A study was conducted to observe gender differences on uptake of secondary prevention (SP) and cardiac rehabilitation (CR) services. Sex-based inequalities in life expectancy and quality due to CHD have been a source of discussion quite often. Despite the fact that both men and women derive similar benefits from SP and CR interventions, women's participation in these programmes remains lower than men's. Even when access is free, women have been found to be less likely than men to be referred to SP/CR services.
The aim of the study was to understand gender barriers to uptake. It is established that women are less likely than men to attend secondary prevention or cardiac rehabilitation services but there is a lack of conceptual clarity about why this is so and this gender difference exists. The primary aim of this meta-synthesis was to provide a state of knowledge about the main barriers and facilitators to women's participation in SP/CR services.
For the purpose of the analysis, a systematic search was performed to identify and retrieve studies published as full during or after 1995. The data was obtained from CSA Sociological Abstracts, EBSCOhost CINAHL EBSCOhostGender Studies, EBSCOhost Health Source Nursing, EBSCOhost SPORTDiscus, and EBSCOhost SocINDEX.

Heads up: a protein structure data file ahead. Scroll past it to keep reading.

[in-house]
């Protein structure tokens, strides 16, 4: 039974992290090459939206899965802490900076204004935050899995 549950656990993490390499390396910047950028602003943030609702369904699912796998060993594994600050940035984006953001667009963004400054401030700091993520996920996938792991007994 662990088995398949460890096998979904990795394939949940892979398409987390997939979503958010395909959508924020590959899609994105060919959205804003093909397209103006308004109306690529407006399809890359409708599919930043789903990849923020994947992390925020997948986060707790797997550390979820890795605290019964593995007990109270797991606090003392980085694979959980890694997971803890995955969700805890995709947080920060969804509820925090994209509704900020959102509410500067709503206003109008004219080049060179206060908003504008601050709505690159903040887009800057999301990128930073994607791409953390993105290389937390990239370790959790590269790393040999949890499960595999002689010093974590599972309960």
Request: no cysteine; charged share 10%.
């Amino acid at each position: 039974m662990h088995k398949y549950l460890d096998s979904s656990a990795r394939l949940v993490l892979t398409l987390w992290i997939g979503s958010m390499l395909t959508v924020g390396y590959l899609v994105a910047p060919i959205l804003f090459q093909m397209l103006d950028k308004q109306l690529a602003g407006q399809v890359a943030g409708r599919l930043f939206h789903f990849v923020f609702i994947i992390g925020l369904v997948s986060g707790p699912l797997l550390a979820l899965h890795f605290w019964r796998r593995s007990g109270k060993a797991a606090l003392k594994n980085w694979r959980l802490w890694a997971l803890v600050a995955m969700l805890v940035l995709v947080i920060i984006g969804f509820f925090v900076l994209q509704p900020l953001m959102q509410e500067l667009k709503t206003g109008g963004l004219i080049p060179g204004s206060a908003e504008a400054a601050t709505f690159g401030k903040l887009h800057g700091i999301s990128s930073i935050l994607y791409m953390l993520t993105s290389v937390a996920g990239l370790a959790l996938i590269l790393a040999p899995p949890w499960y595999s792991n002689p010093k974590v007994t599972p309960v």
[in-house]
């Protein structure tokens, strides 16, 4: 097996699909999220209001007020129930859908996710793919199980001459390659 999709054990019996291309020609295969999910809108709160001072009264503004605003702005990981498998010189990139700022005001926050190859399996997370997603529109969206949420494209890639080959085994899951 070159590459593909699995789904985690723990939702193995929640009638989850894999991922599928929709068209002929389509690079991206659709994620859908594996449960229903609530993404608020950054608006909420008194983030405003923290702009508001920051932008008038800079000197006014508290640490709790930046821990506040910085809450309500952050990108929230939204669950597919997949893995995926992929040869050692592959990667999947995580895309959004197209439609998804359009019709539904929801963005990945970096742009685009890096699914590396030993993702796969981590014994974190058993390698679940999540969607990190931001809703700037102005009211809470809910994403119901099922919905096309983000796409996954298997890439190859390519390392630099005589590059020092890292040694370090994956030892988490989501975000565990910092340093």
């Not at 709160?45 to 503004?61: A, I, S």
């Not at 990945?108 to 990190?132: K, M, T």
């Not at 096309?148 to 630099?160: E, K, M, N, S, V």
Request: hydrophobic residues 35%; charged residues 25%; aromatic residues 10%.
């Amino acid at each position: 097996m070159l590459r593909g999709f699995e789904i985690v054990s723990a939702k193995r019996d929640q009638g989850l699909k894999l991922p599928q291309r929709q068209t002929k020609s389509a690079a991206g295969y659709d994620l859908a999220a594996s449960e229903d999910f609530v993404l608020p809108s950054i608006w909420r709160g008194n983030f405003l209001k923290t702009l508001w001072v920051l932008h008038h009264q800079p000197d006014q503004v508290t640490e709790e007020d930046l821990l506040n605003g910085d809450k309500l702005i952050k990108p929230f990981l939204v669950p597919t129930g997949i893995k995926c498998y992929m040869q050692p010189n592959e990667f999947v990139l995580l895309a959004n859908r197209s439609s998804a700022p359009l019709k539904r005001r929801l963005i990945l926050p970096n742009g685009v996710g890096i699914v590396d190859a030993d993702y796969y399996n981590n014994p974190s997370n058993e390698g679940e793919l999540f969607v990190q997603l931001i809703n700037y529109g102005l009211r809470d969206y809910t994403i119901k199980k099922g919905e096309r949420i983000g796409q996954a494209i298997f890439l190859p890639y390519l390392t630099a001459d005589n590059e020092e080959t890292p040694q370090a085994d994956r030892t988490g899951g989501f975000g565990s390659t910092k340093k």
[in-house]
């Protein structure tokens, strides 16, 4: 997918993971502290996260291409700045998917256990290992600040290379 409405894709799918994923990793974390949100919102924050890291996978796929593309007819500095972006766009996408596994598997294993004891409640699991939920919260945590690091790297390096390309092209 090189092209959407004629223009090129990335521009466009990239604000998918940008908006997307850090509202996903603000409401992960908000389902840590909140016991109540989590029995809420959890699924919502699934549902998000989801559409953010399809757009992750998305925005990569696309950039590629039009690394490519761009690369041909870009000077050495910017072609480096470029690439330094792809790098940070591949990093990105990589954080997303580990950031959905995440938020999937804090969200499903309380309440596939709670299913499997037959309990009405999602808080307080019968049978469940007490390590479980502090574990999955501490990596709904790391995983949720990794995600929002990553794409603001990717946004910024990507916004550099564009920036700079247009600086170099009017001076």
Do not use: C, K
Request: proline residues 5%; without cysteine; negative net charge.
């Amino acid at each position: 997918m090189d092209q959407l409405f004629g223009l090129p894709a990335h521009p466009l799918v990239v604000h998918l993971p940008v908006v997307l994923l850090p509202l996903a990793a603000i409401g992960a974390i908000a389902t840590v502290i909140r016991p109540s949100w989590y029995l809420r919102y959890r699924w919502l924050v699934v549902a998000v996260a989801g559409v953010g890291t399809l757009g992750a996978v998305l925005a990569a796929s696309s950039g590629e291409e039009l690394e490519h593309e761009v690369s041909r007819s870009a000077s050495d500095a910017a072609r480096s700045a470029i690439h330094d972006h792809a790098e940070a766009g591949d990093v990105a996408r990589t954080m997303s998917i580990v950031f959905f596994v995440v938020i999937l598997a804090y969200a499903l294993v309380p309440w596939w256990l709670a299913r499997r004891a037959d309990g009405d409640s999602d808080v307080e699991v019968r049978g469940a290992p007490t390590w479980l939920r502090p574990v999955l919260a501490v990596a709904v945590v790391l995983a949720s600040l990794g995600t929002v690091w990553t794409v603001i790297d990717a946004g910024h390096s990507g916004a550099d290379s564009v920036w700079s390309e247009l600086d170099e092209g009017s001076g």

The analysis revealed that there was a difference between men and women in terms of how the programmes were interpreted, the social and financial costs of access and expressed rehabilitation needs.
The researchers believe that there is a mismatch between existing SP/CR services and consumers' needs which may differ according to gender. They also point out that programme enrolment may incur costs or may require resources that could be either financial or social in nature. The findings suggest that costs could serve as threats to gender identity. In addition, there may be a difference between what men and women want from the programmes and their needs may differ according to their social positions.
The researchers suggest that cardiac rehabilitation and secondary prevention services should be adaptable to gender preferences and circumstances but at the same time should focus on intersecting factors such as socioeconomic status. They also recommend that the language used to provide programme information should be attentive to gender discourse and also that any future research should avoid essentialising and stereotypical portrayals of gender by drawing on theories of gender and health services access, with mixed-gender samples.
Source: Journal of Advanced Nursing
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